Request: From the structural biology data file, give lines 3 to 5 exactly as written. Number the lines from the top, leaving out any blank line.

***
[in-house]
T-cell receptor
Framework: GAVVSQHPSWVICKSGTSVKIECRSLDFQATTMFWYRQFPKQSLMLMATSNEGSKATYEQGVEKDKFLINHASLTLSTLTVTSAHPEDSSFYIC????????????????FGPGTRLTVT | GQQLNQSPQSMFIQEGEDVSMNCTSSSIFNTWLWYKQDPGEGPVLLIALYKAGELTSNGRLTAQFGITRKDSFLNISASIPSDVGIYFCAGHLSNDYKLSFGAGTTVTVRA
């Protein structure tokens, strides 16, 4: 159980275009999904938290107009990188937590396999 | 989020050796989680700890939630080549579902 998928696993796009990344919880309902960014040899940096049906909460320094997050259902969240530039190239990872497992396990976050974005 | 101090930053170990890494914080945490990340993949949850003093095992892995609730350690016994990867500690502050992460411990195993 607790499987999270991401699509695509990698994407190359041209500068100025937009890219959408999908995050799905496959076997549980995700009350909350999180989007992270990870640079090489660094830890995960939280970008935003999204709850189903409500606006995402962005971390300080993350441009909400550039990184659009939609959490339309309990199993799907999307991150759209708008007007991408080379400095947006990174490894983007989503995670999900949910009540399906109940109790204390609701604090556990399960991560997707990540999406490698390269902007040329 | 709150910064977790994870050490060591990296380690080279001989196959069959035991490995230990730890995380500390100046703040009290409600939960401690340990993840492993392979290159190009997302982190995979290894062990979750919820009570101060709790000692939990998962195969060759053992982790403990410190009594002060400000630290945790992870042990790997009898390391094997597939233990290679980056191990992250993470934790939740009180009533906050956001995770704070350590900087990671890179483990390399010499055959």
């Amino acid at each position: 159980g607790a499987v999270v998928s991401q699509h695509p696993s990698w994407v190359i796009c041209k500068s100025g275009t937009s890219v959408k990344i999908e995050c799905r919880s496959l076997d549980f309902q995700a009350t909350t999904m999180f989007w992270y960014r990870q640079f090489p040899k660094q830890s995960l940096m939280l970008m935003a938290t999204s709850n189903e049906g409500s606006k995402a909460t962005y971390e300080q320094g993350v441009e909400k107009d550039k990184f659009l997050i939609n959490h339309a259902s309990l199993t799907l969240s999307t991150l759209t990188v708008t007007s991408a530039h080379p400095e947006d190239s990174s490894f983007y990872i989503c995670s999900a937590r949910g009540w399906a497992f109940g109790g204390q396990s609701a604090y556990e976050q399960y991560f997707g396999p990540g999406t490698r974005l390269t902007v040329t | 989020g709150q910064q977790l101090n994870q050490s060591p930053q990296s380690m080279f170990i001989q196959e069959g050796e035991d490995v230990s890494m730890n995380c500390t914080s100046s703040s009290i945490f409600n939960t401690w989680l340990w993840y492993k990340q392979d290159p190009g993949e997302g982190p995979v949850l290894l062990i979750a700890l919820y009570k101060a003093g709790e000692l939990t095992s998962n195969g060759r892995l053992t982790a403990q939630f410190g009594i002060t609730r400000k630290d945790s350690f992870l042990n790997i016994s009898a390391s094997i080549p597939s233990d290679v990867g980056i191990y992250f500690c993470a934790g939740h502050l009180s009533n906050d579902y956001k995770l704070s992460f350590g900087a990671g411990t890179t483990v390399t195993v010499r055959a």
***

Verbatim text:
Framework: GAVVSQHPSWVICKSGTSVKIECRSLDFQATTMFWYRQFPKQSLMLMATSNEGSKATYEQGVEKDKFLINHASLTLSTLTVTSAHPEDSSFYIC????????????????FGPGTRLTVT | GQQLNQSPQSMFIQEGEDVSMNCTSSSIFNTWLWYKQDPGEGPVLLIALYKAGELTSNGRLTAQFGITRKDSFLNISASIPSDVGIYFCAGHLSNDYKLSFGAGTTVTVRA
């Protein structure tokens, strides 16, 4: 159980275009999904938290107009990188937590396999 | 989020050796989680700890939630080549579902 998928696993796009990344919880309902960014040899940096049906909460320094997050259902969240530039190239990872497992396990976050974005 | 101090930053170990890494914080945490990340993949949850003093095992892995609730350690016994990867500690502050992460411990195993 607790499987999270991401699509695509990698994407190359041209500068100025937009890219959408999908995050799905496959076997549980995700009350909350999180989007992270990870640079090489660094830890995960939280970008935003999204709850189903409500606006995402962005971390300080993350441009909400550039990184659009939609959490339309309990199993799907999307991150759209708008007007991408080379400095947006990174490894983007989503995670999900949910009540399906109940109790204390609701604090556990399960991560997707990540999406490698390269902007040329 | 709150910064977790994870050490060591990296380690080279001989196959069959035991490995230990730890995380500390100046703040009290409600939960401690340990993840492993392979290159190009997302982190995979290894062990979750919820009570101060709790000692939990998962195969060759053992982790403990410190009594002060400000630290945790992870042990790997009898390391094997597939233990290679980056191990992250993470934790939740009180009533906050956001995770704070350590900087990671890179483990390399010499055959």
């Amino acid at each position: 159980g607790a499987v999270v998928s991401q699509h695509p696993s990698w994407v190359i796009c041209k500068s100025g275009t937009s890219v959408k990344i999908e995050c799905r919880s496959l076997d549980f309902q995700a009350t909350t999904m999180f989007w992270y960014r990870q640079f090489p040899k660094q830890s995960l940096m939280l970008m935003a938290t999204s709850n189903e049906g409500s606006k995402a909460t962005y971390e300080q320094g993350v441009e909400k107009d550039k990184f659009l997050i939609n959490h339309a259902s309990l199993t799907l969240s999307t991150l759209t990188v708008t007007s991408a530039h080379p400095e947006d190239s990174s490894f983007y990872i989503c995670s999900a937590r949910g009540w399906a497992f109940g109790g204390q396990s609701a604090y556990e976050q399960y991560f997707g396999p990540g999406t490698r974005l390269t902007v040329t | 989020g709150q910064q977790l101090n994870q050490s060591p930053q990296s380690m080279f170990i001989q196959e069959g050796e035991d490995v230990s890494m730890n995380c500390t914080s100046s703040s009290i945490f409600n939960t401690w989680l340990w993840y492993k990340q392979d290159p190009g993949e997302g982190p995979v949850l290894l062990i979750a700890l919820y009570k101060a003093g709790e000692l939990t095992s998962n195969g060759r892995l053992t982790a403990q939630f410190g009594i002060t609730r400000k630290d945790s350690f992870l042990n790997i016994s009898a390391s094997i080549p597939s233990d290679v990867g980056i191990y992250f500690c993470a934790g939740h502050l009180s009533n906050d579902y956001k995770l704070s992460f350590g900087a990671g411990t890179t483990v390399t195993v010499r055959a």